Outbreaks of monkeypox in Europe have surpassed 100 ‘biggest’ cases in the region

Outbreaks of monkeypox in Europe have surpassed 100 'biggest' cases in the region

Monkeypox cases have also been reported in Portugal, Spain and Sweden.

London:

With more than 100 cases of monkeypox, a viral infection more common in West and Central Africa, reported in Europe, German officials described the outbreak as the largest in the region.

Cases have now been confirmed in countries including the United Kingdom, Spain, Portugal, Belgium, France, the United States and Australia.

First detected in monkeys, the disease usually spreads through close contact and rarely spreads outside Africa, so the events in this series have caused concern.

However, scientists do not expect the outbreak to become as epidemic as COVID-19, as the virus does not spread as easily as SARS-COV-2.

Monkeypox is usually a mild viral disease, characterized by symptoms of fever as well as a distinct rash.

“With several confirmed cases in the United Kingdom, Spain and Portugal, this is the largest and most widespread outbreak of monkeypox in Europe,” said the German Armed Forces Medical Service, which identified the first case in the country on Friday.

Fabian Lindertz of the Robert Koch Institute described the outbreak as an epidemic.

“However, it is highly unlikely that the epidemic will be long-lasting. Cases can be better isolated through contact detection, and there are drugs and effective vaccines that can be used if needed,” he said.

There is no specific vaccine for monkeypox, but data show that vaccines used to eradicate smallpox are up to 85% effective against monkeypox, according to the World Health Organization (WHO).

British authorities said on Thursday they had offered a smallpox vaccine to some health workers and others who came in contact with the monkeypox.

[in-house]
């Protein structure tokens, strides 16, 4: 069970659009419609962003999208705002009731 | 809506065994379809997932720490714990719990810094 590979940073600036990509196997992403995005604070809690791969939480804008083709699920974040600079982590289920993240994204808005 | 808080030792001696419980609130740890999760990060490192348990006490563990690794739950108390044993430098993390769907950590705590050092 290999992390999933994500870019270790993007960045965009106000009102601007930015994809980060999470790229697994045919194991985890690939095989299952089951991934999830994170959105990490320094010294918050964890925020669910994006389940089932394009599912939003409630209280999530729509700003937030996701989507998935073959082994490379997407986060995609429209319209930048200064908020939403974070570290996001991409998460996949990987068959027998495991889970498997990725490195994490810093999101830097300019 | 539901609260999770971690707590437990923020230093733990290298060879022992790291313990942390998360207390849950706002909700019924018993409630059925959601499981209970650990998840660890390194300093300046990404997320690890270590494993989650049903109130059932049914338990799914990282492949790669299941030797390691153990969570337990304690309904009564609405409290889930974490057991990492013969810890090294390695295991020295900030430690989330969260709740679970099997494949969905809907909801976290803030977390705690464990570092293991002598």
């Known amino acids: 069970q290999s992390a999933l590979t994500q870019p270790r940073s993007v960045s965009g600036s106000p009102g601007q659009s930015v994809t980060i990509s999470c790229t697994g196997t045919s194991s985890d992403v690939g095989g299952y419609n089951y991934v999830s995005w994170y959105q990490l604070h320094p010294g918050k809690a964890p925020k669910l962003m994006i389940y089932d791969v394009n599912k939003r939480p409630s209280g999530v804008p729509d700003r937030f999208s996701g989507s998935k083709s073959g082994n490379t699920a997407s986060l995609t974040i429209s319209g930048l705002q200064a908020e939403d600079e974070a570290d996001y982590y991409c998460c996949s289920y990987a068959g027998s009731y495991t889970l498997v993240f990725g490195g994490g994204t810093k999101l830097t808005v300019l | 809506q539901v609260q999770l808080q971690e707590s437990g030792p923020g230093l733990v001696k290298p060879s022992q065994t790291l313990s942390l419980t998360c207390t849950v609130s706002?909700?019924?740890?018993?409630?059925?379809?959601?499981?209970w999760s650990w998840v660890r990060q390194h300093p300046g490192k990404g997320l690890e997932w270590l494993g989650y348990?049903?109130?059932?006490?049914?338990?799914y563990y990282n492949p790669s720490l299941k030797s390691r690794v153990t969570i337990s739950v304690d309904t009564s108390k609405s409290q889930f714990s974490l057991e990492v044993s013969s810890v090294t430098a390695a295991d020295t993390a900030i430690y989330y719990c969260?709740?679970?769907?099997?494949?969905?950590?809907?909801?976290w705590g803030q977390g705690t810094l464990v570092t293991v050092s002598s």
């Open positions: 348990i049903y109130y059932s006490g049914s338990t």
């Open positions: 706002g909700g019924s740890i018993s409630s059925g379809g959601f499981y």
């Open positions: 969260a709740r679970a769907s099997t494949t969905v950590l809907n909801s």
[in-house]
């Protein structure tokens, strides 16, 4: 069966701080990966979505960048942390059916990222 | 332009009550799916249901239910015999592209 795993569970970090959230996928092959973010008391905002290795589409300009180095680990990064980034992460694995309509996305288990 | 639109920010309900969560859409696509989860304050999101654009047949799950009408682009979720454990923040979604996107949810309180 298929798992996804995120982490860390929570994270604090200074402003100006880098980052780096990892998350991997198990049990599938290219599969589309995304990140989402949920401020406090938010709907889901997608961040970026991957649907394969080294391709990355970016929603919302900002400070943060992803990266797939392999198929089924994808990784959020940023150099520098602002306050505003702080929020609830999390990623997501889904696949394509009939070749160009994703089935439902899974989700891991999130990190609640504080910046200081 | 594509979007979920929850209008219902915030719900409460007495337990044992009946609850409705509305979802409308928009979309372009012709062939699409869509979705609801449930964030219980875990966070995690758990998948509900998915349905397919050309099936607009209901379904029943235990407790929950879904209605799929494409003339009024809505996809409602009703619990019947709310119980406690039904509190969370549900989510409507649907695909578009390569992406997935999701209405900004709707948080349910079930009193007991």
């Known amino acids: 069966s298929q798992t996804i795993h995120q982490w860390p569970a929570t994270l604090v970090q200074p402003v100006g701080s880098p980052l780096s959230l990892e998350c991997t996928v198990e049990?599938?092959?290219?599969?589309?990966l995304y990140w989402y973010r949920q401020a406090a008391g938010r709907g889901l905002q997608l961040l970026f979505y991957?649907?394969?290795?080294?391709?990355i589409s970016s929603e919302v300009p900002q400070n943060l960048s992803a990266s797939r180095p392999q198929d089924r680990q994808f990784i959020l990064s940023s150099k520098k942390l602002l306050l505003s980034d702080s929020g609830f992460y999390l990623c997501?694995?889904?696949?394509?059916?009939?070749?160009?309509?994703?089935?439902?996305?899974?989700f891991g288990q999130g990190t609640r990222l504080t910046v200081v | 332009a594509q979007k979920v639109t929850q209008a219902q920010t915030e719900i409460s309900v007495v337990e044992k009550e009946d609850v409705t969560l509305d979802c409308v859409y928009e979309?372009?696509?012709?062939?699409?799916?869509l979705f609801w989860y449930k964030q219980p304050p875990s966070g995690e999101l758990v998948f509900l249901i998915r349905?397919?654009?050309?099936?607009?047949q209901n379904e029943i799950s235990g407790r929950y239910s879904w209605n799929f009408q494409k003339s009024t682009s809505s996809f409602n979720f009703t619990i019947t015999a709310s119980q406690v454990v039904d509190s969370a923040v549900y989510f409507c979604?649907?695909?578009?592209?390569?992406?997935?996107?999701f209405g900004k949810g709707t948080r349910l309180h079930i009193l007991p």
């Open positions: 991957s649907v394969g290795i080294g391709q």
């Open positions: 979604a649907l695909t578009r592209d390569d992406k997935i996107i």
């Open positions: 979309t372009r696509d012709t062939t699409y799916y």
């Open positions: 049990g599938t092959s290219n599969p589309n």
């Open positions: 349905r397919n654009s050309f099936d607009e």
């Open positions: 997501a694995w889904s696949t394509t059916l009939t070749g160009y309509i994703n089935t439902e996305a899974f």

Unusual case

Monkeypox has been reported in 11 African countries since 1970. Nigeria has seen a major outbreak since 2017 – so far this year there have been 46 suspected cases, of which 15 have been confirmed, according to the WHO.

The first European case was confirmed on May 7 by a man returning to England from Nigeria.

More than 100 cases have been confirmed outside Africa since then, according to a tracker from Oxford Academic University.

In many cases not associated with travel across the continent. As a result, the cause of the outbreak is unclear, although health authorities say there is potential for community outbreaks to some extent.

In Britain, where 20 cases have now been confirmed, the UK Health Security Agency says recent cases in the country have been mainly among men who identify themselves as gay, bisexual or having sex with men.

The 14 cases in Portugal that have been identified in sexual health clinics also include men who identify themselves as gay, bisexual or having sex with men.

Alessio D’Amato, the health commissioner for Italy’s Lazio region, said it was too early to say whether the disease had turned into a sexually transmitted disease. There have been three cases in the country so far.

Stuart Neal, a professor of virology at King’s College London, adds that, by definition, sexual contact is intimate contact.

“The idea that there’s a kind of sexually transmitted infection in it, I think, is a bit widespread,” he said.

Scientists are sequencing the virus from different cases to see if they are connected, the WHO said. The company is expected to provide an update soon.

(This story was not edited by NDTV staff and was automatically generated from a syndicated feed.)

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